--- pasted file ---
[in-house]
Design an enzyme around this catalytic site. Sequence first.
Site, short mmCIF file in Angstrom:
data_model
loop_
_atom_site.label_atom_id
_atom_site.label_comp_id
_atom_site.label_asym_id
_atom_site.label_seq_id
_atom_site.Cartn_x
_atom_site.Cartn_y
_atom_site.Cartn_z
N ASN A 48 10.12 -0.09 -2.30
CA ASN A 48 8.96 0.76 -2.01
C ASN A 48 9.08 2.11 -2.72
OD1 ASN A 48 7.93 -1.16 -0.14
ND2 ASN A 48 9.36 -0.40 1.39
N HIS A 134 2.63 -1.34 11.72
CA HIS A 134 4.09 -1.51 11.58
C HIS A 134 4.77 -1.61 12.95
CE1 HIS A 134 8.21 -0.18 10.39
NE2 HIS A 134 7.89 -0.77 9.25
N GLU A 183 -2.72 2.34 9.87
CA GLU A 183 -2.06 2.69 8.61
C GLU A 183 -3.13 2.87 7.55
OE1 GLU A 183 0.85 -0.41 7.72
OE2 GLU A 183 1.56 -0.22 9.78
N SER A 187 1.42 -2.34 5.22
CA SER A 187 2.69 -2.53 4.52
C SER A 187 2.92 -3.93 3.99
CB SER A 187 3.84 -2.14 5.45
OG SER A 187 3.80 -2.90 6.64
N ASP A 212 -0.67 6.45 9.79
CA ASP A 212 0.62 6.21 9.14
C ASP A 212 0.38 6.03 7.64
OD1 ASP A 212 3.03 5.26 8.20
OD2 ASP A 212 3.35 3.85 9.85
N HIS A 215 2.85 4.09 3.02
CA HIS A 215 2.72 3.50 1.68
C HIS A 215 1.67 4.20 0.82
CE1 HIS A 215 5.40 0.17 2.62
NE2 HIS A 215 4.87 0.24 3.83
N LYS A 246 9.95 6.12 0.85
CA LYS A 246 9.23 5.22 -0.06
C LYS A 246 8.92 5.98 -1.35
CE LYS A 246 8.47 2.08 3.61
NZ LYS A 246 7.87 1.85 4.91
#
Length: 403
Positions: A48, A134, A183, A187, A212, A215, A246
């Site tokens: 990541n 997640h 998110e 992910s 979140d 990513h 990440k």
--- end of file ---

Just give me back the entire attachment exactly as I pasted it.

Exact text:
[in-house]
Design an enzyme around this catalytic site. Sequence first.
Site, short mmCIF file in Angstrom:
data_model
loop_
_atom_site.label_atom_id
_atom_site.label_comp_id
_atom_site.label_asym_id
_atom_site.label_seq_id
_atom_site.Cartn_x
_atom_site.Cartn_y
_atom_site.Cartn_z
N ASN A 48 10.12 -0.09 -2.30
CA ASN A 48 8.96 0.76 -2.01
C ASN A 48 9.08 2.11 -2.72
OD1 ASN A 48 7.93 -1.16 -0.14
ND2 ASN A 48 9.36 -0.40 1.39
N HIS A 134 2.63 -1.34 11.72
CA HIS A 134 4.09 -1.51 11.58
C HIS A 134 4.77 -1.61 12.95
CE1 HIS A 134 8.21 -0.18 10.39
NE2 HIS A 134 7.89 -0.77 9.25
N GLU A 183 -2.72 2.34 9.87
CA GLU A 183 -2.06 2.69 8.61
C GLU A 183 -3.13 2.87 7.55
OE1 GLU A 183 0.85 -0.41 7.72
OE2 GLU A 183 1.56 -0.22 9.78
N SER A 187 1.42 -2.34 5.22
CA SER A 187 2.69 -2.53 4.52
C SER A 187 2.92 -3.93 3.99
CB SER A 187 3.84 -2.14 5.45
OG SER A 187 3.80 -2.90 6.64
N ASP A 212 -0.67 6.45 9.79
CA ASP A 212 0.62 6.21 9.14
C ASP A 212 0.38 6.03 7.64
OD1 ASP A 212 3.03 5.26 8.20
OD2 ASP A 212 3.35 3.85 9.85
N HIS A 215 2.85 4.09 3.02
CA HIS A 215 2.72 3.50 1.68
C HIS A 215 1.67 4.20 0.82
CE1 HIS A 215 5.40 0.17 2.62
NE2 HIS A 215 4.87 0.24 3.83
N LYS A 246 9.95 6.12 0.85
CA LYS A 246 9.23 5.22 -0.06
C LYS A 246 8.92 5.98 -1.35
CE LYS A 246 8.47 2.08 3.61
NZ LYS A 246 7.87 1.85 4.91
#
Length: 403
Positions: A48, A134, A183, A187, A212, A215, A246
């Site tokens: 990541n 997640h 998110e 992910s 979140d 990513h 990440k």